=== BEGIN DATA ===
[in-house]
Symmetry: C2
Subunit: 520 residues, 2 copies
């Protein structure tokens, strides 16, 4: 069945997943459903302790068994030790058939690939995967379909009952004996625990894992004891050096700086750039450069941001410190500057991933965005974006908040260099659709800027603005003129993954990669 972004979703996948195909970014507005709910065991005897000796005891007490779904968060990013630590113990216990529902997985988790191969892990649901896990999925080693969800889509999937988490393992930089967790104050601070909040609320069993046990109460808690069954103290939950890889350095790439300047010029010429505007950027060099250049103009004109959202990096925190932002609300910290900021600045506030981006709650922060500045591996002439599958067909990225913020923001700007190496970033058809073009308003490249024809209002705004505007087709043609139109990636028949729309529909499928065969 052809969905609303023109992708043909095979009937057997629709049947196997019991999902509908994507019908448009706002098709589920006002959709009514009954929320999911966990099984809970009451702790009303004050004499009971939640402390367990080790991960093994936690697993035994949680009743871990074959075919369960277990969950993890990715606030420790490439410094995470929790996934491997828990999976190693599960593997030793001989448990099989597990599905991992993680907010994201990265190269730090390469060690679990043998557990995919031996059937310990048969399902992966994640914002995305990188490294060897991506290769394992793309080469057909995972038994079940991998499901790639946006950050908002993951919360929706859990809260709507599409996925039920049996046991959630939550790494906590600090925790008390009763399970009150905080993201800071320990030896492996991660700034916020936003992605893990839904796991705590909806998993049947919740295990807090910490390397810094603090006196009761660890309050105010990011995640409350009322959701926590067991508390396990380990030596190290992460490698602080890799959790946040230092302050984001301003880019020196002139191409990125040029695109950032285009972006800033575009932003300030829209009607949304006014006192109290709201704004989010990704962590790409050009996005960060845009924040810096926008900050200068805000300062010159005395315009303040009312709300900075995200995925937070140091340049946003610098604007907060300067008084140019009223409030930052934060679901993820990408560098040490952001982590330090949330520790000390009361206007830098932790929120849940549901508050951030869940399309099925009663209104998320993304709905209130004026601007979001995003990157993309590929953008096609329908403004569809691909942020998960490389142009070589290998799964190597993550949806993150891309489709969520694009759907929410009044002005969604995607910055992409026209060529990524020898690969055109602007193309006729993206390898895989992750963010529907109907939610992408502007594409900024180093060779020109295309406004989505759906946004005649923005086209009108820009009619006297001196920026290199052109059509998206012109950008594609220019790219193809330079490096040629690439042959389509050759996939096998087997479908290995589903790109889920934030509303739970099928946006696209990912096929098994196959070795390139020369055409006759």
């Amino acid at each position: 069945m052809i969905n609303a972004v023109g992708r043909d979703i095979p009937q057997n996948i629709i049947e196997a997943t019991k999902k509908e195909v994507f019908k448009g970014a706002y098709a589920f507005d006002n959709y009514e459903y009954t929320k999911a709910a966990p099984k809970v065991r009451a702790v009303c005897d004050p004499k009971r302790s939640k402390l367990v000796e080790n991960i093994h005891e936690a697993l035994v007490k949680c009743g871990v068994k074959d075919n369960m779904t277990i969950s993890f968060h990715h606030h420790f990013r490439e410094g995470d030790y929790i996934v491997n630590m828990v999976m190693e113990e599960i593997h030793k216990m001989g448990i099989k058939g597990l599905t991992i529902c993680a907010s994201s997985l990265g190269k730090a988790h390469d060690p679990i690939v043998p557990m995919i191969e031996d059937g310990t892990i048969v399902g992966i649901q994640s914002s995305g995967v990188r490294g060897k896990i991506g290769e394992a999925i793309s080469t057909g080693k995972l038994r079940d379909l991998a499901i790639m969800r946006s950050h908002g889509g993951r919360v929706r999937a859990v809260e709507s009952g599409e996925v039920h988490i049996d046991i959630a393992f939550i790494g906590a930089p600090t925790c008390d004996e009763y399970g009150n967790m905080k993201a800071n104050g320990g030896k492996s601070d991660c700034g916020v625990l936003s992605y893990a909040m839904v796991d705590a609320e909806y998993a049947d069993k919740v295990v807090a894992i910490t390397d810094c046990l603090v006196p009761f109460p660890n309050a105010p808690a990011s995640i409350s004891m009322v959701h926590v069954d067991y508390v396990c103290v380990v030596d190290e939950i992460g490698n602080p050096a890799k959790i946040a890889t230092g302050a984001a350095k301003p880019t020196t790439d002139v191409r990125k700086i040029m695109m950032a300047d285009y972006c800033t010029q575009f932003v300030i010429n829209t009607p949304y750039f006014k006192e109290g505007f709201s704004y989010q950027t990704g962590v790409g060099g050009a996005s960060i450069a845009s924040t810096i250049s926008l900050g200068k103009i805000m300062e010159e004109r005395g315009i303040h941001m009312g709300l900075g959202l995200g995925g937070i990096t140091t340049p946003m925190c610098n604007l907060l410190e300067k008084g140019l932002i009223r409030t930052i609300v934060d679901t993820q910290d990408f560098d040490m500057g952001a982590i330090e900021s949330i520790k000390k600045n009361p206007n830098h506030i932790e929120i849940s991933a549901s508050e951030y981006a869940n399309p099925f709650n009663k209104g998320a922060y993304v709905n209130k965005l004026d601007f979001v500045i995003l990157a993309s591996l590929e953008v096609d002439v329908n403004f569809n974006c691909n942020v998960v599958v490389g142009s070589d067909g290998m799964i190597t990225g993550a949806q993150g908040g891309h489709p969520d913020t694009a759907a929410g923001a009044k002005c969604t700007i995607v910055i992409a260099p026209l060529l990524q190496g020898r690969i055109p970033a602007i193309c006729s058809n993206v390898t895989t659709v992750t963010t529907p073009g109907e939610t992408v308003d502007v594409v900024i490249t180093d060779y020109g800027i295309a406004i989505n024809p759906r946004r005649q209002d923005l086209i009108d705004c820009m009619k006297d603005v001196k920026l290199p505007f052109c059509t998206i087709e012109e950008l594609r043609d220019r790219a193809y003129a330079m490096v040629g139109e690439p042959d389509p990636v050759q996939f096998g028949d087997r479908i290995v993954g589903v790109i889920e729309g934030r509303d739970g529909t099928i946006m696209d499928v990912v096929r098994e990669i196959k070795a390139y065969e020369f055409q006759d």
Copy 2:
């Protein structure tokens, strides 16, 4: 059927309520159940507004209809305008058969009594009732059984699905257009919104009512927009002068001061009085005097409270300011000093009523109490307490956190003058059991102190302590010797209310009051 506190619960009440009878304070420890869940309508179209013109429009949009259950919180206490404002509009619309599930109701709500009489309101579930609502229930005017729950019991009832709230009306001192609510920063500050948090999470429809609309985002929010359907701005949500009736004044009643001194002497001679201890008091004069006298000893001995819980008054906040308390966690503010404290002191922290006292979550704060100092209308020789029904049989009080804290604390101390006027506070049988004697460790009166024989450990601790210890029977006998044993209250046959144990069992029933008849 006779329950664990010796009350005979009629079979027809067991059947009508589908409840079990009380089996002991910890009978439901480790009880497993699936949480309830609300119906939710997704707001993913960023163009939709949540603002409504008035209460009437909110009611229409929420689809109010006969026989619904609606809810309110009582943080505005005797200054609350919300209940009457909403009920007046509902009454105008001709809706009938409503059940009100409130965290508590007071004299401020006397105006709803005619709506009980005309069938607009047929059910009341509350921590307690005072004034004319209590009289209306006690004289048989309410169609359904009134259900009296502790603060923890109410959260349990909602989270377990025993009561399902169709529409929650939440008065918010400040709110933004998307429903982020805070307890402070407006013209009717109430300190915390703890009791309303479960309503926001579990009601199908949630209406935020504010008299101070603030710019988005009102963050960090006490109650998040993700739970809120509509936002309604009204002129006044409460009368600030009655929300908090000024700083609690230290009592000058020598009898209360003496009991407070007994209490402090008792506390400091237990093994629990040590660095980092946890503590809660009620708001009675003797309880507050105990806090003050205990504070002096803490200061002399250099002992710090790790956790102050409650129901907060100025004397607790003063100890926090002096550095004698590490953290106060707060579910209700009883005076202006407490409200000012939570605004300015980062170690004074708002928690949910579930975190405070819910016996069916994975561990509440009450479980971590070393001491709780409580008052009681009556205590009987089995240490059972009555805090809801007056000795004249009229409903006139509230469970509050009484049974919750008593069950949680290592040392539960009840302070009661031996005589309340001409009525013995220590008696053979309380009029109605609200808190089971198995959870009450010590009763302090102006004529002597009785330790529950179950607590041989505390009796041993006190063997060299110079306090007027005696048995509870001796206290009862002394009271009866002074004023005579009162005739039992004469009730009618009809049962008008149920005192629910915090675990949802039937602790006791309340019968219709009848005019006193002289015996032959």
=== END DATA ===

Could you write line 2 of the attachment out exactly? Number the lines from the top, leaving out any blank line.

Symmetry: C2